1 in 40 of us really can multitask

March, 2010

A study assessing multitasking ability has found that a very few (5 out of 200) were unaffected by doing two complex tasks simultaneously (indeed their performance on the memory task improved!).

A study assessing the performance of 200 people on a simulated freeway driving task, with or without having a cell phone conversation that involved memorizing words and solving math problems, has found that, as expected, performance on both tasks was significantly impaired. However, for a very few, performance on these tasks was unaffected (indeed their performance on the memory task improved!). These few people — five of them (2.5%) — also performed substantially better on these tasks when performed alone.

Reference: 

Watson, J.M. & Strayer, D.L. 2010. Supertaskers: Profiles in extraordinary multitasking ability. Psychonomic Bulletin and Review. In Press.

Full text is available at http://www.psych.utah.edu/lab/appliedcognition/publications/supertaskers...

Related News

A small study that fitted 29 young adults (18-31) and 31 older adults (55-82) with a device that recorded steps taken and the vigor and speed with which they were made, has found that those older adults with a higher step rate performed better on memory tasks than those who were more sedentary.

A study involving 66 healthy young adults (average age 24) has revealed that different individuals have distinct brain connectivity patterns that are associated with different ways of experiencing and remembering the past.

There's been a lot of talk in recent years about the importance of mindset in learning, with those who have a “growth mindset” (ie believe that intelligence can be developed) being more academically successful than those who believe that intelligence is a fixed attribute.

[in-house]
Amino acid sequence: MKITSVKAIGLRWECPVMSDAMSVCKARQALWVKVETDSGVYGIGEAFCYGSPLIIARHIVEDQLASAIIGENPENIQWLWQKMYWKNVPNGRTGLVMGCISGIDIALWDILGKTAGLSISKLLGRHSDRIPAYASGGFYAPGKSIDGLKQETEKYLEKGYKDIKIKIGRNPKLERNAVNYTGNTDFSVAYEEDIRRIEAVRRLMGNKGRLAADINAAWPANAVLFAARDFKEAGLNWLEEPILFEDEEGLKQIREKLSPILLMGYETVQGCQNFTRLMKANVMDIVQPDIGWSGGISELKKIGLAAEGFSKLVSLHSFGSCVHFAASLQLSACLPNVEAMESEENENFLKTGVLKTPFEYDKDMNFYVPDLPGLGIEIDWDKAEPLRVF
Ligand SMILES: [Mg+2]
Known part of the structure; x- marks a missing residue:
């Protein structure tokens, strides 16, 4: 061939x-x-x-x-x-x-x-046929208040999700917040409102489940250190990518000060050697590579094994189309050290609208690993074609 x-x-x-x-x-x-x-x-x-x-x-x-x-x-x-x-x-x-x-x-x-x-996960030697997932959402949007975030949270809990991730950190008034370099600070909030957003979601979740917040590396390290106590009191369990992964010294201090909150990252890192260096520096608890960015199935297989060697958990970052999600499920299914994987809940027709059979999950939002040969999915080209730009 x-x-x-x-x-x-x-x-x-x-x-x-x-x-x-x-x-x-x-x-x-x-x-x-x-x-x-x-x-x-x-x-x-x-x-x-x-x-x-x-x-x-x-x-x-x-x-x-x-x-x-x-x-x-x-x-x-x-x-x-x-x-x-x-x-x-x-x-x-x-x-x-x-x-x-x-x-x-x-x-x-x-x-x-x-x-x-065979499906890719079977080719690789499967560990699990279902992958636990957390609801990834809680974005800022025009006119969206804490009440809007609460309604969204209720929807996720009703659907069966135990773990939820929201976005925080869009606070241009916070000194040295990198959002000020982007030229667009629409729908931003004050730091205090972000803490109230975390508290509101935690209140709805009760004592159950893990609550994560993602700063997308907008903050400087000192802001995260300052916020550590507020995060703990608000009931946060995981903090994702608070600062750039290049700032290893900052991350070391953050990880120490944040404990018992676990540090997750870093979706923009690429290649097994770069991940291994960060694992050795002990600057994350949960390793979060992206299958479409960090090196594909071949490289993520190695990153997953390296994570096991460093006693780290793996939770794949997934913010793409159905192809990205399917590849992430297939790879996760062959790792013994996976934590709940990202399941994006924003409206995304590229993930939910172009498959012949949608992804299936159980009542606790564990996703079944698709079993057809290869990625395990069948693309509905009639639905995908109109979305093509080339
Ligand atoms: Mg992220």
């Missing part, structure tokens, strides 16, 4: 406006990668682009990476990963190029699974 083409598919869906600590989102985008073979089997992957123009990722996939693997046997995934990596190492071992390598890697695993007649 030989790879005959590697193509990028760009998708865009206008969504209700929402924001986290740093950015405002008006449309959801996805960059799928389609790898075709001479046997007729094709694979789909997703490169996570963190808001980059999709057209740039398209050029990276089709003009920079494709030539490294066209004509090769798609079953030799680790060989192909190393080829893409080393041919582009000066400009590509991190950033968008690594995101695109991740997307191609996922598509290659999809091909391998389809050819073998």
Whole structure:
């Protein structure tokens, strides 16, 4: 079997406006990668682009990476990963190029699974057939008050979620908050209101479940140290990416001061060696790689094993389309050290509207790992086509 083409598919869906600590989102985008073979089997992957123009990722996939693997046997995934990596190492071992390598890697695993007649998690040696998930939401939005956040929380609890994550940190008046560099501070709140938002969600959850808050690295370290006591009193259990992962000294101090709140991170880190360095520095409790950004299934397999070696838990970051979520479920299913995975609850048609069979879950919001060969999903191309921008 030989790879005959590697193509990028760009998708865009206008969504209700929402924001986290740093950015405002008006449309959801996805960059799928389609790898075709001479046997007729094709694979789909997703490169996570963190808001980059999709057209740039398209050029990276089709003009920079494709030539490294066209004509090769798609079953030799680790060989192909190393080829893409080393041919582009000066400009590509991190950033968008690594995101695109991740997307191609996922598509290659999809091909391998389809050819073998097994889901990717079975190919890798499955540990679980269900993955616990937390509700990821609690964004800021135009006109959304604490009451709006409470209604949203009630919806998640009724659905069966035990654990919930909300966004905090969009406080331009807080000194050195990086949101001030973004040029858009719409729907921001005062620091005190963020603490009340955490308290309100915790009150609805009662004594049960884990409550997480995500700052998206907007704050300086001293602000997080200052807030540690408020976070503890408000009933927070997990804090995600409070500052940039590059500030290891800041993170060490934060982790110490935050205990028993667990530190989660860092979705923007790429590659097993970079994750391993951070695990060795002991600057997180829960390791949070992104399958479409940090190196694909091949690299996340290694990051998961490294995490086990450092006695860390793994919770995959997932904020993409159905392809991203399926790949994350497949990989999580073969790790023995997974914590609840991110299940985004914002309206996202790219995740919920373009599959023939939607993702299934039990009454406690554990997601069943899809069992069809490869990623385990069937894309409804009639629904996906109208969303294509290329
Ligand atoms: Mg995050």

Because this is such a persistent myth, I thought I should briefly report on this massive study that should hopefully put an end to this myth once and for all (I wish! Myths are not so easily squashed.)

In 2013 I reported briefly on a pilot study showing that “super-agers” — those over 80 years old who have the brains and cognitive powers more typical of people decades younger — had an unusually large

The first detailed characterization of the molecular structures of amyloid-beta fibrils that develop in the brains of those with Alzheimer's disease suggests that different molecular structures of amyloid-beta fibrils may distinguish the brains of Alzheimer's patients with different clinical his

A very large genetic study has revealed that genetic differences have little effect on educational achievement. The study involved more than 125,000 people from the U.S., Australia, and 13 western European countries.

I’ve reported often on the perils of multitasking. Here is yet another one, with an intriguing new finding: it seems that the people who multitask the most are those least capable of doing so!

By using brain scans from 152 Vietnam veterans with a variety of combat-related brain injuries, researchers claim to have mapped the neural basis of general intelligence and emotional intelligence.

An online study open to anyone, that ended up involving over 100,000 people of all ages from around the world, put participants through 12 cognitive tests, as well as questioning them about their background and lifestyle habits.

Pages

Subscribe to Latest newsSubscribe to Latest newsSubscribe to Latest health newsSubscribe to Latest news